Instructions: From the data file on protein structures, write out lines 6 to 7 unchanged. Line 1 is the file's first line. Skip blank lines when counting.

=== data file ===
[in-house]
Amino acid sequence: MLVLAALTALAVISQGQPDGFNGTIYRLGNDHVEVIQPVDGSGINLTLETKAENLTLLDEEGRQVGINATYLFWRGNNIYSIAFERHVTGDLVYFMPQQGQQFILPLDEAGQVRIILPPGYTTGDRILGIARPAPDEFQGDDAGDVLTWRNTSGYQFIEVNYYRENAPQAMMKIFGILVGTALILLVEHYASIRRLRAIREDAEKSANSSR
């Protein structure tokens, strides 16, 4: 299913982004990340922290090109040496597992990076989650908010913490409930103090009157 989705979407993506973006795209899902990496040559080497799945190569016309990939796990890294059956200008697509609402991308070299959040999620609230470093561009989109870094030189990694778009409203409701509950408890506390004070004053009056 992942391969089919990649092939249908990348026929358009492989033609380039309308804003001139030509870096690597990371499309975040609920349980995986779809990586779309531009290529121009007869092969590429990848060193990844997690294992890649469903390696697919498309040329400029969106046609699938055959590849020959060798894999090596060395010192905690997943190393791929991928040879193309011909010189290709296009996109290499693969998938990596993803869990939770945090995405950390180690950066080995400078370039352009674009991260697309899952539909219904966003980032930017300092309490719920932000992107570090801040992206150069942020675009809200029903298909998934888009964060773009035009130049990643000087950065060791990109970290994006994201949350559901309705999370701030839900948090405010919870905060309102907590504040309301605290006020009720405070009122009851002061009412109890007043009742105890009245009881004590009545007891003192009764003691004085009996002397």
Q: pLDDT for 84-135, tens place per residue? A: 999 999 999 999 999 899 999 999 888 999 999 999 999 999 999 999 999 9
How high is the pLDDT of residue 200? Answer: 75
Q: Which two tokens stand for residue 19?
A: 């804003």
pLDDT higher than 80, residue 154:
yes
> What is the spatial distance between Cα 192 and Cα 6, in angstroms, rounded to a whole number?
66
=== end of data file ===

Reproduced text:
Q: Which two tokens stand for residue 19?
A: 């804003």